nep-ind New Economics Papers
on Industrial Organization
Issue of 2009‒11‒21
four papers chosen by
Kwang Soo Cheong
Johns Hopkins University

  1. Preferences and Equilibrium in Monopoly and Duopoly By Yongmin Chen; Michael H. Riordan
  2. Competition and Quality Upgrading By Mary Amiti; Amit K. Khandelwal
  3. Investment in Electricity Markets with Asymmetric Technologies By Talat S. Genc; Henry Thille
  4. Iceberg transport technologies in spatial competition. Hotelling reborn By Xavier Martinez-Giralt; José María Usategui

  1. By: Yongmin Chen (University of Colorado at Boulder - Department of Economics); Michael H. Riordan (Columbia University - Department of Economics)
    Abstract: This paper takes the new approach of using a copula to characterize consumer preferences in a discrete choice model of product differentiation, and applies it to the economics of monopoly and duopoly. The comparative statics of demand strength and preference diversity, both properties of the marginal distribution of values for each product variety, are strikingly similar across market structures. Preference dependence, a property of the copula and an indicator of product differentiation, is a key determinant of whether prices are higher in multiproduct industries compared to single-product monopoly. Furthermore, the effects of preference on prices and profits influence equilibrium product selection. Remarkably, a horizontally-differentiated duopoly sometimes can foreclose a higher-quality monopoly to the detriment of consumer and social welfare.
    Date: 2009
    URL: http://d.repec.org/n?u=RePEc:clu:wpaper:0910-03&r=ind
  2. By: Mary Amiti; Amit K. Khandelwal
    Abstract: How does competition affect innovation? We address this question by using a novel approach to measure quality -- an important component of innovation -- using highly disaggregated product data for a large set of countries. Constructing an internationally comparable measure of quality enables us to separate the effect of reducing import tariffs, our measure of competition, on quality upgrading from other country level differences in competitive environments, and product demand shocks. We base our analysis on recent theoretical frameworks that predict that the effect of competition on innovation depends on firms' proximity to the world technological frontier. As predicted by theory, we find that lower tariffs are associated with quality upgrading for products close to the world frontier; whereas lower tariffs discourage quality upgrading for varieties distant from the frontier.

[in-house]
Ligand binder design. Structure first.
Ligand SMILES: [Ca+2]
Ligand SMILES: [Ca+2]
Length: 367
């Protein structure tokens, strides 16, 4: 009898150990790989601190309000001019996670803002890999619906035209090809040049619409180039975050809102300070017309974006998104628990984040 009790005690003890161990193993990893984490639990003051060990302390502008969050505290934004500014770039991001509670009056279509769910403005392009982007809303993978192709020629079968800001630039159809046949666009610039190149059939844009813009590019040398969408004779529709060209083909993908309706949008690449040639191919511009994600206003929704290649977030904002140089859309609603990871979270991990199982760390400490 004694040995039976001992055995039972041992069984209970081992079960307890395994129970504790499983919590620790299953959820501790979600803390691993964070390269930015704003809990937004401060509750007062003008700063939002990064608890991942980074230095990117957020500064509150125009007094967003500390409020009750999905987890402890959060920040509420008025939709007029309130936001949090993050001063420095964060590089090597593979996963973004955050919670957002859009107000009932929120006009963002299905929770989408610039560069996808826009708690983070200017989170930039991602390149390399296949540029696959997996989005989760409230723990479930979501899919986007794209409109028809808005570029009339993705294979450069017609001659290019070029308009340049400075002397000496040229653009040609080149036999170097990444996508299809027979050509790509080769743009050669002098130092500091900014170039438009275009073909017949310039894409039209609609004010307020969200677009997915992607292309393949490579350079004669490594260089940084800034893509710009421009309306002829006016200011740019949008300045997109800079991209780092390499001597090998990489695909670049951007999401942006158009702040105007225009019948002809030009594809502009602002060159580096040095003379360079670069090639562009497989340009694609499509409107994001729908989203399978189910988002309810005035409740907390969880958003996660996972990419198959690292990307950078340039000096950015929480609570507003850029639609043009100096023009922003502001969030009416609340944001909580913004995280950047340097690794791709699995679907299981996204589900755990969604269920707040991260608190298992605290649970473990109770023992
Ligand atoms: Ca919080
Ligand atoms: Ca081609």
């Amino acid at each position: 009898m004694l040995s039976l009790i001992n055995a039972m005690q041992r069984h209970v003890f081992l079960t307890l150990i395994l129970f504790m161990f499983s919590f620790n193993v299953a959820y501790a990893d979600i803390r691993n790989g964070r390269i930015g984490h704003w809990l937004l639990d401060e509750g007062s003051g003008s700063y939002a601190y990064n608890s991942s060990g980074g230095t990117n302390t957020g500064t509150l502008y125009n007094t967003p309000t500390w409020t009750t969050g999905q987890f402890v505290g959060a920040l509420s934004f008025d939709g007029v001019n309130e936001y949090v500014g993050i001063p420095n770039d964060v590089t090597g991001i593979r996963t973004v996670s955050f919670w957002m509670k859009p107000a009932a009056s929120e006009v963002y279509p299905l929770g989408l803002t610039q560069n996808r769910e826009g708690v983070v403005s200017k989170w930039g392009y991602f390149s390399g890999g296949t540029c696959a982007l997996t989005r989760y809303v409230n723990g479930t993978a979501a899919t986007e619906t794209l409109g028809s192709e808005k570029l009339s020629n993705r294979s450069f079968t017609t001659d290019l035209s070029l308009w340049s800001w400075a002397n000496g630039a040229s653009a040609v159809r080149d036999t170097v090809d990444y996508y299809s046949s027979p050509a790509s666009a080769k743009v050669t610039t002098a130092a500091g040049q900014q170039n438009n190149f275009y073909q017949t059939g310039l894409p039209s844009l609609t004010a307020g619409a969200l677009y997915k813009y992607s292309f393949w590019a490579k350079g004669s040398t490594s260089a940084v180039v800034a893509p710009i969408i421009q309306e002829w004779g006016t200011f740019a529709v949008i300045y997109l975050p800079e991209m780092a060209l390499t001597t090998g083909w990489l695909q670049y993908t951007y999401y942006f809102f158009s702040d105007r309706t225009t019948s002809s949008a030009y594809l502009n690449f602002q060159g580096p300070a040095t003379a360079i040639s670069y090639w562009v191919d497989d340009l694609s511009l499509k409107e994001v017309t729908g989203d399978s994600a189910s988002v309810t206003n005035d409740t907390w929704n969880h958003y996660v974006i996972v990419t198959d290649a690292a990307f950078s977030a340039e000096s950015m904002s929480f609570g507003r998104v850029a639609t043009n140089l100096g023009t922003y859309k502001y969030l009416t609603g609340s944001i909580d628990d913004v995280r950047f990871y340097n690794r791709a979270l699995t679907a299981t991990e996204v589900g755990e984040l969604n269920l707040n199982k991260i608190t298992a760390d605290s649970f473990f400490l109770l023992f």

JEL: F1
    Date: 2009–11
    URL: http://d.repec.org/n?u=RePEc:nbr:nberwo:15503&r=ind
  3. By: Talat S. Genc (University of Guelph, Department of Economics); Henry Thille (University of Guelph, Department of Economics)
    Abstract: We study competition between hydro and thermal electricity generators under demand uncertainty. Producers compete in quantities and each is constrained: the thermal generator by capacity and the hydro generator by water availability. We analyze a two-period game emphasizing the incentives for capacity investments by the thermal generator. We characterize both Markov perfect and open-loop equilibria. In the Markov perfect equilibrium, investment is discontinuous in initial capacity and higher than it is in the open-loop equilibrium. However, since there are two distortions in the model, equilibrium investment can be either higher or lower than the efficient investment.
    Keywords: Electricity markets; Dynamic game; Duopoly; Capacity investment.
    JEL: D24 L13 L94
    Date: 2009
    URL: http://d.repec.org/n?u=RePEc:gue:guelph:2009-9&r=ind
  4. By: Xavier Martinez-Giralt; José María Usategui
    Abstract: Transport costs in address models of differentiation are usually modeled as separable of the consumption commodity and with a parametric price. However, there are many sectors in an economy where such modeling is not satisfactory either because transportation is supplied under oligopolistic conditions or because there is a difference (loss) between the amount delivered at the point of production and the amount received at the point of consumption. This paper is a first attempt to tackle these issues proposing to study competition in spatial models using an iceberg-like transport cost technology allowing for concave and convex melting functions.
    Keywords: Spatial Competition, Iceberg transport costs
    JEL: L12 D42 R32
    Date: 2009–11–11
    URL: http://d.repec.org/n?u=RePEc:aub:autbar:791.09&r=ind

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